Former San Francisco firefighter and cancer survivor Denise Elarms waits Wednesday to speak during a remembrance ceremony held for San Francisco firefighters who have died of cancer. (Photo by Justin Sullivan/Getty Images)
Updated: March 27, 2014 4:43PM
Cancer patients not only are subject to radiation and chemotherapy, but many in their middle years also are wiped out financially. More needs to be done for these people, who often are divorced and living on one income that they lose once they become ill. When sick, they can’t work, and so their economic foundation is often devastated.
Not only can’t many people afford the high cost of conventional cancer therapies, but they also can’t afford to meet the dietary needs of cancer survivors, who must learn to utilize the most innovative dietary programs necessary to improve their recovery rate.
The multibillion-dollar cancer pharmaceutical monopoly often works alongside not-for-profits that raise millions of dollars, of which hardly a penny goes to support the survival needs of cancer patients who have lost their income due to the illness.
One cancer charity in DuPage County, for example, doesn’t readily provide rides to the many people who can’t afford to drive, or physically can’t drive, during their illness.
We should ask the cancer nonprofits where the money goes. Do donations help cancer victims with housing, utilities, survival and nutritional aid or do they mostly go to research and if so, what has that researched accomplished? Can those financial and educational facts be published on their websites every year?
Our organization, SARET Charitable Fund, has for over 28 years watched in dismay and bewilderment as cancer patients call us for rent and other forms of survival aid while they are undergoing chemotherapy and radiation because they lost their jobs, or are too ill and weak to work. While food aid is quite available in DuPage thanks to wonderful organizations such as the People’s Resource Center of DuPage, Loaves & Fishes Community Pantry and other local pantries, little money is available for the housing, utilities and transportation needs of cancer patients fighting for their physical and economic survival.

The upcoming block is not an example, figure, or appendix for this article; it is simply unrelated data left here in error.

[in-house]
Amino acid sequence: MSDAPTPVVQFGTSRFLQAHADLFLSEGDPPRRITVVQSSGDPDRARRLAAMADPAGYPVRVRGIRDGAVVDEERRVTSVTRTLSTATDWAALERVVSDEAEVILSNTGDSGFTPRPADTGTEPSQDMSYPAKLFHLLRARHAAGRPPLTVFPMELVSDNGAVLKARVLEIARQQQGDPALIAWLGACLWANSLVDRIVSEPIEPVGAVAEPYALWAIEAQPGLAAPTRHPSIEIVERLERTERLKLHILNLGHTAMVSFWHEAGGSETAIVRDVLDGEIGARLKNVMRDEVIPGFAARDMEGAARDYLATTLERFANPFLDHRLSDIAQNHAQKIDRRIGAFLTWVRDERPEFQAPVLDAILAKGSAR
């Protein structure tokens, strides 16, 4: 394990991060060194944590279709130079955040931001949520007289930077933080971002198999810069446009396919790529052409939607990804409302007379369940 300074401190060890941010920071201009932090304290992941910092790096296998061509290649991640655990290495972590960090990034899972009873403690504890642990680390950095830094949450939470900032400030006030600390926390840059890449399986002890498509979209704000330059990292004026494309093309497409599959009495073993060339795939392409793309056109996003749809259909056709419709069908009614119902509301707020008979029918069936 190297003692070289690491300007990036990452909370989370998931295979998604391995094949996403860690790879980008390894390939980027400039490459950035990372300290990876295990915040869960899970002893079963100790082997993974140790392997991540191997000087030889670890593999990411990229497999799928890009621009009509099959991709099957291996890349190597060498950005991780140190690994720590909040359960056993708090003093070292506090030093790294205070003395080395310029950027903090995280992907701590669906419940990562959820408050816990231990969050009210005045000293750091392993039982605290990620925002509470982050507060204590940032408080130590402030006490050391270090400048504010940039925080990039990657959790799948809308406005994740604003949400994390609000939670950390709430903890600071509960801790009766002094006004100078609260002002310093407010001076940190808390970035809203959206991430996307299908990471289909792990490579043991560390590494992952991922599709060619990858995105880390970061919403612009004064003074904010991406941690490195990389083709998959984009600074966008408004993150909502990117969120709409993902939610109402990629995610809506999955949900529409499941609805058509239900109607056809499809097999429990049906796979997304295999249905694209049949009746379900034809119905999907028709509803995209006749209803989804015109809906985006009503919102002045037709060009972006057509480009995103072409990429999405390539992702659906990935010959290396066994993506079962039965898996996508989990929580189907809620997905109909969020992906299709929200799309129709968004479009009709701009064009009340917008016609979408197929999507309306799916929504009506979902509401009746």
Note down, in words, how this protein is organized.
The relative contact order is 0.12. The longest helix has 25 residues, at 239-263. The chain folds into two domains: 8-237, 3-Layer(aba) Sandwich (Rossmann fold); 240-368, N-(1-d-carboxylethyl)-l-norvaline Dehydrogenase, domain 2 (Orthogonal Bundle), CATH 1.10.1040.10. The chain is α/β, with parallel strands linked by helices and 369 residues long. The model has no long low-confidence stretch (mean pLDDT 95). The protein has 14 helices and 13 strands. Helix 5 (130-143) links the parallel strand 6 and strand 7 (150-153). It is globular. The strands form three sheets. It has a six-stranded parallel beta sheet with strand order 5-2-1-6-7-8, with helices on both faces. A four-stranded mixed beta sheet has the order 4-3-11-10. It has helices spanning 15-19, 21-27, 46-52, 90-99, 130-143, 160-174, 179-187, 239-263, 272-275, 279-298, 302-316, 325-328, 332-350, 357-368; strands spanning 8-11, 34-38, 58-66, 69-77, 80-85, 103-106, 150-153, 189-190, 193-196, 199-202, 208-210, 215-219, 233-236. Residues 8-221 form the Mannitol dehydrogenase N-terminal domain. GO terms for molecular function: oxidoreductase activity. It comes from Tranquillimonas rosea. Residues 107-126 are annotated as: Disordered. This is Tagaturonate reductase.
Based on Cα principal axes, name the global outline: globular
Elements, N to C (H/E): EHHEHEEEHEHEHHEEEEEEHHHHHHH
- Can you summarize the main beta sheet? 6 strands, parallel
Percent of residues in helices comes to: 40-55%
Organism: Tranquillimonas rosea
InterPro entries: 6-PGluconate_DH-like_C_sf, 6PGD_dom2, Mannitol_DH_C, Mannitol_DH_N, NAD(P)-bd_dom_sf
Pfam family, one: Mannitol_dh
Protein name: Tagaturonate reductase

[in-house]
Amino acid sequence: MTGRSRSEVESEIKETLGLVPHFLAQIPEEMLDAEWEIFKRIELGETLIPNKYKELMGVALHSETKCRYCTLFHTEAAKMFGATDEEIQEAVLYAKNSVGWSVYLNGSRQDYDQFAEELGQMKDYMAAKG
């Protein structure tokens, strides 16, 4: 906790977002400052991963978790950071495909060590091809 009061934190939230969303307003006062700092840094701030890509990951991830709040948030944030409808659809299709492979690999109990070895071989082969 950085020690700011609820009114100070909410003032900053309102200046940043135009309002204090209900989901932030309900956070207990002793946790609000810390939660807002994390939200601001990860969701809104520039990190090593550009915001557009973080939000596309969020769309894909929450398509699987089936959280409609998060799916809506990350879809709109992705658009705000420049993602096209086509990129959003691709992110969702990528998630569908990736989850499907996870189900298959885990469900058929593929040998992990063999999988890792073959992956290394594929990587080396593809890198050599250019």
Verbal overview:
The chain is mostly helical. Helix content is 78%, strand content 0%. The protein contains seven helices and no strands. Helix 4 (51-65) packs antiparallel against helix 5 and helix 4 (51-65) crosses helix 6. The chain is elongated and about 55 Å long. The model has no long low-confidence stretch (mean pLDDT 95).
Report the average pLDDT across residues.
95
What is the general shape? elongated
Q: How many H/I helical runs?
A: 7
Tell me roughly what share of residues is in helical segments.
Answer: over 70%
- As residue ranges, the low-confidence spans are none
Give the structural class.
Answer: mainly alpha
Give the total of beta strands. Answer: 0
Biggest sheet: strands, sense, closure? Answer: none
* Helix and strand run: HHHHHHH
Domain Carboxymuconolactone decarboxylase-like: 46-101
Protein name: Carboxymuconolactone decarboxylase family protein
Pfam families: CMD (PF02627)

In 2005, we added a second aid fund dedicated to medically disabled clients in memory of Barbara K. Brent, a community activist who had worked on behalf of the homeless and the disabled in our county.
When one is sick, one needs to rest, to eat well, to focus on getting better and not on searching endlessly for financial aid to secure a roof over one’s head. One needs fresh and healthful food and utilities covered so one can battle illness with dignity and enjoy some self-sufficiency.
Raising funds for these unfortunate people feels much like pulling teeth. I want to see the cancer nonprofits dedicate donations to economic funding for cancer patients during their “battle for life.” When supporting research, they should consider diversifying the grants to include innovative start-up research projects that offer research into fighting cancer by enhancing the immune system rather than destroying it. They should also examine research models from other parts of the world.
Until those groups meet that challenge, cancer patients need your help. Please support those who are facing their darkest hour. Be there for them.
Chana Bernstein is the founder and president of the SARET Charitable Fund.